How To Create SEO-Friendly Content

Getting your voice heard on the internet is never easy. It can be like setting up your soapbox on a crowded street, and waving frantically to get passers-by to pay attention. You might be an expert in your chosen topic, with pearls of wisdom to dispense on X particles or Z-list celebrities, but how do you get people to stop long enough to listen?

The answer is finding the right balance between SEO-friendly content and readability.  It’s essential to make sure the Google (and Bing) spiders – and therefore readers – can find your website or blog. Knowing a few tricks can help you climb their rankings, without sacrificing your sparkling writing or specialist knowledge.

Choose Your Keywords

Keywords are the most important aspect of SEO , so think about them before you even start to write. It can be hard slotting keywords in afterwards without sounding clunky and forced.

Brainstorm words and phrases you think people are looking for, and use trusted tools such as GoogleAdWords to help pick the best. Consider how much competition there is for each phrase.  Instead of catch-all terms such as “travel agency” consider more specific terms, such as “Italian luxury travel specialist”, to sell your particular area of expertise.

Place Keywords Carefully

Search engines don’t just analyze which words you use, but where you place them. Getting keywords in the title or first sentence is obviously a good start. Many newspapers change their pun-heavy headlines to more SEO-friendly versions on their websites.

You need to find the right keyword density – “keyword stuffing” can be penalized by search engines, as well as being a turn-off to readers!

Don’t forget “hidden places” to put your keywords, such as meta tags and image captions.

Use Free Tools

Take advantage of free tools, such as Google Analytics which can assess where your site traffic comes from and which aspects need more work.  For bloggers, WordPress has various plug-ins that can help you choose the best post title and keywords, avoid duplicate content and make the most of meta-tags. Mashable has a list of the top 20 WordPress SEO plug-ins.

Become An Expert on Your Topic

Let’s say users are searching for “Edinburgh travel tips” or “easy Christmas recipes”. If you’ve got several articles on the same topic, then search engines will assume you know what you’re talking about. Choosing a targeted area of expertise will help you get on that coveted first page of search results.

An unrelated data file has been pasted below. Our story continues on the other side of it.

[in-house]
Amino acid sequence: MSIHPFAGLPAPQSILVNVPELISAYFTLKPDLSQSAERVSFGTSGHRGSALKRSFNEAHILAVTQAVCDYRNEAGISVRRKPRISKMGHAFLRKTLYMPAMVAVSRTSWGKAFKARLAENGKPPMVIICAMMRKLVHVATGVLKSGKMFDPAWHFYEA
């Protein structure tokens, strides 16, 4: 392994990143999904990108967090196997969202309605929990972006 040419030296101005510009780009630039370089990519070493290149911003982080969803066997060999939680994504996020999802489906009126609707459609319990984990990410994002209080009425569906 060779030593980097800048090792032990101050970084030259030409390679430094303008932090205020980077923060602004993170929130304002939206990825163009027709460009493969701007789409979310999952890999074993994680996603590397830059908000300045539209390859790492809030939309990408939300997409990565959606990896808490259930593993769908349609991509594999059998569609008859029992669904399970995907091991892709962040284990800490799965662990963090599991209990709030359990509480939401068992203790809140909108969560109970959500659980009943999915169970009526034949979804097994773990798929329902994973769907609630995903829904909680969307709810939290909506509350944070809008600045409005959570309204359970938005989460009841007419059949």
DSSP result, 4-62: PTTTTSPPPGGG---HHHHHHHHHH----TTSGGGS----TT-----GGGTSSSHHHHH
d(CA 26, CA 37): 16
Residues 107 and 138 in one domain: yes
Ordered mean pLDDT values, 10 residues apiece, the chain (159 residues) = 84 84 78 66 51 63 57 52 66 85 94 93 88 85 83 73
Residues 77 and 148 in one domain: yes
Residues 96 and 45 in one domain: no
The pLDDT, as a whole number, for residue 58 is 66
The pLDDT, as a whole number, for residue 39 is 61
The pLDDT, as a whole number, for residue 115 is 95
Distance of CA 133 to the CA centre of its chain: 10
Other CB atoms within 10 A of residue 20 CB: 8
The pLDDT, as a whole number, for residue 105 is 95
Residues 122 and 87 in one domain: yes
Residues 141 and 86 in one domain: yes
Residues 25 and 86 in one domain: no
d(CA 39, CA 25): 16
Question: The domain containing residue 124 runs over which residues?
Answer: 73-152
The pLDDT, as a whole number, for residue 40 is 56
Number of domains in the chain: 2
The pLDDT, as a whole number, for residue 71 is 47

Use Links Wisely

It’s not just what you write that counts. Clever use of links will help your site climb the rankings – including ones to other parts of your own website. If another page has relevant information or you’ve written a similar post in the past then add a link. Just don’t overdo it!

Wear the right Coloured Hat

SEO techniques are sometimes referred to as “white hat” or “black hat”. Search engines regard “white hat” techniques as legitimate ways to optimize your website and help users find the information they want. “Black hat” techniques refer to practices such as using hidden text, or having separate versions of websites to deceive search engines. They might work in the short term, but could lead to Google blocking your site – not a good strategy!

Write for Your Audience

“Content is king” may be a cliché, but it’s basically true. SEO techniques can grab readers, but engaging writing keeps them there. Don’t let your text get so loaded down with keywords your main points get lost. Giving away useful information or creating a lively, informative blog is the best way to keep readers coming back to your site.  Think of your audience. Are they interested enough to plough through a long piece of text? Or do they just want the basic facts as quickly  and succinctly as possible?

Make it Readable

And on the same theme, make sure your writing is easy on the eye. Break up chunks of text into subcategories, and use images effectively. Lists can be a good idea – and a way to repeat keywords without readers noticing! Use short sentences and leave plenty of white space.



Redefining “SEO Copywriting”